Circulor, found online at Circulor.com, aims to use blockchain to revolutionize supply chain economics. Find out how it works today in our review.
What Is Circulor?
Circulor is a London-based blockchain startup that aims to use blockchain to provide better supply chain management.
Circulor made headlines in March 2018 after partnering with German car manufacturer BMW. BMW will use Circulor’s blockchain to ensure the batteries for their electric vehicles contain cobalt made without the use of child labor.
The overall goal of Circulor is to create better global supply chain ethics using blockchain technology.
How Does Circulor Work?
Obviously, improving ethics across global supply chains is an ambitious task. That’s why Circulor aims to start small by focusing on cobalt.
Circulor’s pilot project with BMW will focus on the global cobalt industry. Circulor will test their system using cobalt that’s already assumed to be clean – including cobalt sourced from countries like Australia and Canada. Then, Circulor will begin focusing on unregulated “artisanal” cobalt mines worldwide.
Why is supply chain tracking such a big deal in the cobalt industry? Well, two thirds of the world’s cobalt comes from mines in the Democratic Republic of Congo. 20% of all mines in the DRC are highly unregulated. UNICEF reported in 2014 that there were as many as 40,000 child miners in the country’s southern region alone. Amnesty International, meanwhile, reports that the cobalt industry is rampant with illegal and unethical practices.
Circulor wants to use blockchain technology to track cobalt’s journey through the complex global supply chain. Obviously, cobalt doesn’t go directly from a mine in the DRC to BMW’s production facility in Germany; instead, it jumps through a number of different partners on the supply chain before ending up in the hood of an electric BMW.
With that in mind, Circulor will use a barcode to track cobalt through the main stages of its journey. This will ensure that BMW is sourcing its cobalt ethically. It also may lower regulatory compliance costs.
If the Circulor pilot project is successful, then the company may set a new standard for ethical sourcing. The system could also ripple over into a number of other elements and minerals prone to illegal and unethical practices worldwide. Circulor could become the preferred platform that allows manufacturers to track materials across the supply chain.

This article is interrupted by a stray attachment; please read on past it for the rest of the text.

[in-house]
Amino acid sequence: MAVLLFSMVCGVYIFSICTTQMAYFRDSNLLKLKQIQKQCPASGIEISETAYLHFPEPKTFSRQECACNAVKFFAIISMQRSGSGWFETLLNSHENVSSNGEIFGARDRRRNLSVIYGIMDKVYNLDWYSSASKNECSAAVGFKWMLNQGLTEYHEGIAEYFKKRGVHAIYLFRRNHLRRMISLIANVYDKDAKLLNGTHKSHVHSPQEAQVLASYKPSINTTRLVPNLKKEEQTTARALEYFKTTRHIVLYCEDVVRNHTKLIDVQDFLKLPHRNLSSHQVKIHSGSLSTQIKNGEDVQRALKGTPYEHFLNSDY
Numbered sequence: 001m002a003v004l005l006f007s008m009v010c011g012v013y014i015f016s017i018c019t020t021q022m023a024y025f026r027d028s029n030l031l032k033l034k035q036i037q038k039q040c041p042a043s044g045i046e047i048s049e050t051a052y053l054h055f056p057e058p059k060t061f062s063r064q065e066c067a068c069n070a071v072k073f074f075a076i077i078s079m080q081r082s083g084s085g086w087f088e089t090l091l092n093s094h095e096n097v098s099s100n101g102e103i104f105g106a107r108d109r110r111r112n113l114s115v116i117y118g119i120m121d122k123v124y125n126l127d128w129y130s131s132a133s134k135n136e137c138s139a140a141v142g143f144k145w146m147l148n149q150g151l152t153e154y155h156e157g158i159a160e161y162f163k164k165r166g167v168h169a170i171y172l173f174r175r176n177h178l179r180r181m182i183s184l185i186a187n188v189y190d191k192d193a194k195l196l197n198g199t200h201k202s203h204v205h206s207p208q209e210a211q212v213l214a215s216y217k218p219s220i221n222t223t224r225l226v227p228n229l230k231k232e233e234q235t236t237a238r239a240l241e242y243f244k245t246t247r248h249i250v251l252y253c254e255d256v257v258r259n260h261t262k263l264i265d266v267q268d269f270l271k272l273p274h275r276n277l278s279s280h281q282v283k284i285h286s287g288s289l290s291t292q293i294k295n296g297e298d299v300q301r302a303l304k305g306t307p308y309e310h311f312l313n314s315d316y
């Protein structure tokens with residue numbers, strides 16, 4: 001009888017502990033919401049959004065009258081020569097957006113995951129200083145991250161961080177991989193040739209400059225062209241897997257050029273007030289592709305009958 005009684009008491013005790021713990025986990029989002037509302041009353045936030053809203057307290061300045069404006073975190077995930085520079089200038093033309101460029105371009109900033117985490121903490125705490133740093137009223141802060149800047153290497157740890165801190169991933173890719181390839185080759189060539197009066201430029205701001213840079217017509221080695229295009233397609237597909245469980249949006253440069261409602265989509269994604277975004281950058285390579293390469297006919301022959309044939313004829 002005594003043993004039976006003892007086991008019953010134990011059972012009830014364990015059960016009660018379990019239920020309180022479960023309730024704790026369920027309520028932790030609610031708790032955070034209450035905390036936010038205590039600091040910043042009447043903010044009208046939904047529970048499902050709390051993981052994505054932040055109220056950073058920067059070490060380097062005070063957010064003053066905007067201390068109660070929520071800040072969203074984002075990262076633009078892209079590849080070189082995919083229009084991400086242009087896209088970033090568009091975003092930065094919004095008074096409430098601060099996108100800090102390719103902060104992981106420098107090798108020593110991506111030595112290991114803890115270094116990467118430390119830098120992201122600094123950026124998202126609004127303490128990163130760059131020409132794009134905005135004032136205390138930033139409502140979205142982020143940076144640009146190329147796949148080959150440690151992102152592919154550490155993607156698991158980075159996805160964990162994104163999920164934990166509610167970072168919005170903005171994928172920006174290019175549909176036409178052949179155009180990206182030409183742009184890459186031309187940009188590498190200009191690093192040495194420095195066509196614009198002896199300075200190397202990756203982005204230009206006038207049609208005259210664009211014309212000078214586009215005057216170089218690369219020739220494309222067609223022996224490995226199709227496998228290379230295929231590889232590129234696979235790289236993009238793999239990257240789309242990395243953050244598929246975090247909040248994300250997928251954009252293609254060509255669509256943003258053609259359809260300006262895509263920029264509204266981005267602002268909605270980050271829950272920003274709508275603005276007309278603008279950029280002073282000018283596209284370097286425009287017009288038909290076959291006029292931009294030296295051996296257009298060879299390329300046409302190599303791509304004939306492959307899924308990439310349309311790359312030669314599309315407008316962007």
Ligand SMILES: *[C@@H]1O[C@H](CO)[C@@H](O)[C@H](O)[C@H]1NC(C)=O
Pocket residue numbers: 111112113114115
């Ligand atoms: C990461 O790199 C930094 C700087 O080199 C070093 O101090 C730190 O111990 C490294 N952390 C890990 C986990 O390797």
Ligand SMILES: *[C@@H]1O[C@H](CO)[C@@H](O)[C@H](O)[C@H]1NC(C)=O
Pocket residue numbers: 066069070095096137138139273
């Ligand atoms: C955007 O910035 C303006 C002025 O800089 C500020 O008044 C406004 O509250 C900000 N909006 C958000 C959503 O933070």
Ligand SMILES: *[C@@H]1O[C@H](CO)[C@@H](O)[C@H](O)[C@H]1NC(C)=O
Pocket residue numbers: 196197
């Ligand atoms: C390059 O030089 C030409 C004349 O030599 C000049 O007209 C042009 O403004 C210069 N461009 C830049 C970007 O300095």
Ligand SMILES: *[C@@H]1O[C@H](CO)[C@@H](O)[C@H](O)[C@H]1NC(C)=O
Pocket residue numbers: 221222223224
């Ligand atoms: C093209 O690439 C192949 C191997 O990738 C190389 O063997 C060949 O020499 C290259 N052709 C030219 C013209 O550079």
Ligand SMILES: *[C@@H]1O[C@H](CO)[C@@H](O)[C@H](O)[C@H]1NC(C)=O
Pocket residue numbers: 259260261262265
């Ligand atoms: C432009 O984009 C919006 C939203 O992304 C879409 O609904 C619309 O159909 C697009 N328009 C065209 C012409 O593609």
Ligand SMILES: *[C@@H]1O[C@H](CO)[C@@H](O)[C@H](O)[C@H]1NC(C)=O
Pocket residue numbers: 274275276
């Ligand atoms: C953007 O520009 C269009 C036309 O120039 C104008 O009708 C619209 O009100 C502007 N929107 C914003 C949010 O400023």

Technically speaking, Circulor is building its solution on a modular, open-source platform. That platform will include distributed or decentralized applications that manage various aspects of the supply chain. The over-arching goal of all of these applications is to help participants prove provenance, improve supply chain efficiency, and reduce counterparty risk and exposure.
Circulor Blockchain A.I. Supply Chain Enhancing Technology Features
Circulor’s platform will focus on three core features, including:
Storing Digital Records:
Circulor will use blockchain to digitize information between untrusted counterparties, thereby controlling information through secure, auditable, and immutable records of transactions and digital representations of physical assets.
Using Digital Assets:
Users can issue new assets and transfer ownership in real-time without the need for banks, clearinghouses, or payment processors and without the need for letters of credit. This will reduce friction in the supply chain, improving efficiency and lowering costs.
Business Rules Are Enforced By Code:
Self-governing contracts and tokens simplify and automate lengthy and inefficient business processes, removing administrative costs from both counterparties. Key features include ground rules (terms and conditions recorded in the code of a smart contract), implementation (the shared network automatically executes smart contracts and monitors compliance), and verification (outcomes are validated instantly without a third party verifier).
Overall, Circulor has published limited information about their blockchain online. We know the company is developing blockchain-enabled systems to improve provenance within complex supply chains. We also know it will be a modular open-source platform with decentralized applications. However, the firm has not published a whitepaper, and the website features only basic details of the platform.
Circulor is still in active development, and we expect more details to be released as the pilot project with BMW nears completion.
Who’s Behind Circulor?
Circulor’s core team has all held senior executive roles in sectors like banking, IT services, and gaming. Key members of the team include Doug Johnson-Poensgen (CEO), who has 25 years of international experience as an executive and non-executive director operating in TMT, financial services, IT, and management consultancy sectors. He has served leadership roles in large corporations like Barclays, BT, Serco, and AIMIA as well as startups like Snapdragon.
Other listed members of the team include Ben Brophy (Strategic Director), Tim Holmes-Mitra (Technical Lead), and Colin T. Mcintyre (COO).
Circulor has partnered with JCA, Blocklab, and Cadence Innova to bring their platform to life. Circulor is based in London, UK.
Circulor aims to use blockchain to regulate, automate, and manage supply chain processes. The company’s blockchain will feature decentralized apps dedicated to managing various aspects of the supply chain.
BMW and Circulor have partnered together for the company’s pilot project. Circulor will help BMW track the cobalt used in BMW’s electric car batteries. Today, a significant amount of the world’s cobalt comes from unethical mines – including mines in the Congo that use child labor. Circulor will use barcodes and blockchain to track cobalt through major steps in the supply chain, helping BMW ensure ethical sourcing.
To learn more about Circulor and how it works, visit online today at Circulor.com.